Officials of a consulting firm spent $2,000 on meals for John A. (Jack) Svahn, then Social Security commissioner, and other Social Security officials in the two years before winning a lucrative subcontract to help redesign the system's computer operations, the General Accounting Office said yesterday.

"We are referring the matter to the Department of Justice," Milton J. Socolar, special assistant to the comptroller general, told a House Government Operations subcommittee. The panel is headed by Rep. Jack Brooks (D-Tex.), who had requested a GAO investigation of the contract involving the firm of Deloitte Haskins & Sells (DH&S).

Socolar said the period involved was between the end of 1980 and the awarding of a contract to Electronic Data Systems (EDS) in December 1982, with DH&S as chief subcontractor.

The initial contract to EDS was for $6.3 million, but Socolar said that the work involved will cost an estimated $32 million by the time it is finished and that about one-fourth to one-third of the money will be paid DH&S for its subcontract.

In rebuttal testimony, Svahn, now President Reagan's assistant for policy development, and other officials and company officers did not deny that the meals occurred but insisted that the contract was not discussed and that the dinners and lunches were friendly occasions.

The GAO found that the firm, for which Svahn worked before becoming commissioner in 1981, picked up the meal tab for Svahn on 12 occasions and for Nelson J. Sabatini, now acting deputy commissioner, who signed the 1982 contract award, 15 times.

Socolar also said that, at various times during the two years, "personnel from DHS were provided highly visible office space" at the Social Security headquarters in Baltimore, in rooms which were adjacent to Svahn's office and "used on a continuing basis."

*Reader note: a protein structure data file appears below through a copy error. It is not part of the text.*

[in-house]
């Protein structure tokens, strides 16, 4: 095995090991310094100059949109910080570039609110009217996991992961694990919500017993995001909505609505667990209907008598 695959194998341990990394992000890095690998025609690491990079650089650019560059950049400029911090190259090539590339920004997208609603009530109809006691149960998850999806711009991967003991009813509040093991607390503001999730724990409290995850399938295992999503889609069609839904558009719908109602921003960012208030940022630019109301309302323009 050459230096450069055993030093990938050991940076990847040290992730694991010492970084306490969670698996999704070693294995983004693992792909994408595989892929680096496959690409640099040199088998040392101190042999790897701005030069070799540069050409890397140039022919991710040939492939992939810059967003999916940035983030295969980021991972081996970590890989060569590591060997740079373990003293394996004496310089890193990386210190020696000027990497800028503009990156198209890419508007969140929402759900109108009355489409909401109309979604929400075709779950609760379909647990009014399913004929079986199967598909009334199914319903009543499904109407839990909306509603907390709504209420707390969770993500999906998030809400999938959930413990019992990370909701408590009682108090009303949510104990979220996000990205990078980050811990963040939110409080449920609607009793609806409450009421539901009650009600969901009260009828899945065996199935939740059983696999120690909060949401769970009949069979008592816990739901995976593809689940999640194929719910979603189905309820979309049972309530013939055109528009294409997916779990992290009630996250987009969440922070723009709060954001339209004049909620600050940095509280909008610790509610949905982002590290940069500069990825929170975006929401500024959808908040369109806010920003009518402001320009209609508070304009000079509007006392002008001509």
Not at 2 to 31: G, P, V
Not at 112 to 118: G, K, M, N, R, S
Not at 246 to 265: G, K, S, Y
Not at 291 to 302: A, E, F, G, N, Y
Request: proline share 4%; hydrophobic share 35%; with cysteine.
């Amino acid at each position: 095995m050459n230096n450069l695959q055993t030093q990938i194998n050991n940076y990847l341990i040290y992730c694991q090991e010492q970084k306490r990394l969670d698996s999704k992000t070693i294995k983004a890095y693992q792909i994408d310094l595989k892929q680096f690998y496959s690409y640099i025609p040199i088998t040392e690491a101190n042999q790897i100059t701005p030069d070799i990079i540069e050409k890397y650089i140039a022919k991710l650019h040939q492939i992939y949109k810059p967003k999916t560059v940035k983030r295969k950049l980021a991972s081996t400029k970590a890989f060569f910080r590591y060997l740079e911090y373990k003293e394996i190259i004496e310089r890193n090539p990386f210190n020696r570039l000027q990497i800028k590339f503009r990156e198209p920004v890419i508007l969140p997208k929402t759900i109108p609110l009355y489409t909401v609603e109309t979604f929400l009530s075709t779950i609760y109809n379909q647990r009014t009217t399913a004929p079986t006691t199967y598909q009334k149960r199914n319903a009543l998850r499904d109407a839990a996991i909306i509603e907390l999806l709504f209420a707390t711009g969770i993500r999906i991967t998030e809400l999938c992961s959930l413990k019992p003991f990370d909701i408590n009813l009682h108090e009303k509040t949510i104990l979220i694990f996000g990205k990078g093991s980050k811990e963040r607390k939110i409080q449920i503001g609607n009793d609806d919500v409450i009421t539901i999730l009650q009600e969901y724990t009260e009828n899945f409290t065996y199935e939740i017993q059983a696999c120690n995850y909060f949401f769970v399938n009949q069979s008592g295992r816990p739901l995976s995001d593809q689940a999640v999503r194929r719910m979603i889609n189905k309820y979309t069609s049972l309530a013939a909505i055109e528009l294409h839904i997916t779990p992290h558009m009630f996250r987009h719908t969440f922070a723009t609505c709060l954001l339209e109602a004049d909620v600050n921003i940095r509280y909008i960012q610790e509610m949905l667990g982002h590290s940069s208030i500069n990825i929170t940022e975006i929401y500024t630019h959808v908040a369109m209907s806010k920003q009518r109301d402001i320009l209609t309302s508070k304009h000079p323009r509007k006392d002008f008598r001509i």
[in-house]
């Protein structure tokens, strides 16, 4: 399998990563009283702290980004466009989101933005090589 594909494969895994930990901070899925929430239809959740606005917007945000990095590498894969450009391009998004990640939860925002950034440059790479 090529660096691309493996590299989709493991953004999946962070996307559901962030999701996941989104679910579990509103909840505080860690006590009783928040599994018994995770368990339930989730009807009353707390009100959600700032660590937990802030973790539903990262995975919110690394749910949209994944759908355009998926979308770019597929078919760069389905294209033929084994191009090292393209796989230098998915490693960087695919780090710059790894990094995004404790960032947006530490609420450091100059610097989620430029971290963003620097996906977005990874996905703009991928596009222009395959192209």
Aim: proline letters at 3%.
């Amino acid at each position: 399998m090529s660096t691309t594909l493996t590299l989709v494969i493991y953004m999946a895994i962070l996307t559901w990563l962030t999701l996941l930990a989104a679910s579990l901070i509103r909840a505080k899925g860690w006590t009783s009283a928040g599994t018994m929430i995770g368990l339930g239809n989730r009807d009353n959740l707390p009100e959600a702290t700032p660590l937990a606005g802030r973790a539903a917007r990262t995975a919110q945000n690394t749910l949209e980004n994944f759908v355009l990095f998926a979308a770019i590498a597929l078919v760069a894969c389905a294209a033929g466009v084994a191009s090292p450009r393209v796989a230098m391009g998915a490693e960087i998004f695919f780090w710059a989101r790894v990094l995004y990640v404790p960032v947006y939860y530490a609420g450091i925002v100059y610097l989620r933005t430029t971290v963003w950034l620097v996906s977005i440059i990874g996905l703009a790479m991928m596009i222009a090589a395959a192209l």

Among those who GAO said used the space were James S. Dwight, a longtime friend and former boss of Svahn in the Department of Health, Education and Welfare and an associate of Svahn at DH&S; DH&S systems expert Vito G. Petruzzelli, and Michael Brush, identified as a DH&S manager "brought in to work at SSA substantially full-time" over that period.

The subcommittee voted to subpoena Marshall S. Mandell, former deputy SSA commissioner, whose lawyer, Brooks said, had advised him that Mandell, fearing self-incrimination, would not testify .

Brooks also said that, on Oct. 31, a caller purporting to be an employe of Rep. Connie Mack (R-Fla.) asked the panel for material not made public on the investigation.

When a messenger arrived, Brooks said, the panel staff learned that the package was to be delivered to the DH&S office here. Dwight said he did not not know who sought the data.

Under oath, Svahn called the GAO report "very onesided, very slanted and inaccurate." He said that he "had nothing to do with the award of the contract" and that it was handled by lower-level officials . He said he did not know who would get the award "until the morning it was made."

In addition, he testified, Petruzzelli and Dwight were occupying offices near his because they had worked on Reagan transition teams in 1980 and were doing follow-up work on various transition papers. "I do not believe they were there for two years" on any regular basis but perhaps two months at various times, he said.

Svahn said he is "sure that I did" have dinner with Petruzzelli or Dwight, but he denied discussing the contract then and said he had entertained them, too. "Sometimes I have paid; sometimes he [Petruzzelli or Dwight] has," Svahn said.

Sabatini said he was not involved in development of the computer modernization. "I never discussed the . . . contract" with Petruzzelli and Dwight, and in awarding it, the SSA simply followed the recommendations of technical and advisory committees, he said.

Sabatini said he lunched and dined with the DH&S officials but in friendly, personal meetings. He said he often footed the bill to entertain Petruzzelli.

Petruzzelli described the meals the same way, saying the contract was not discussed, and estimated that he spent no more than 60 days over two years at the SSA office.

DH&S officials denied that Brush spent most of his time at the agency for two years and said any company employes were there to work free on transition papers or discussing two smaller computer projects.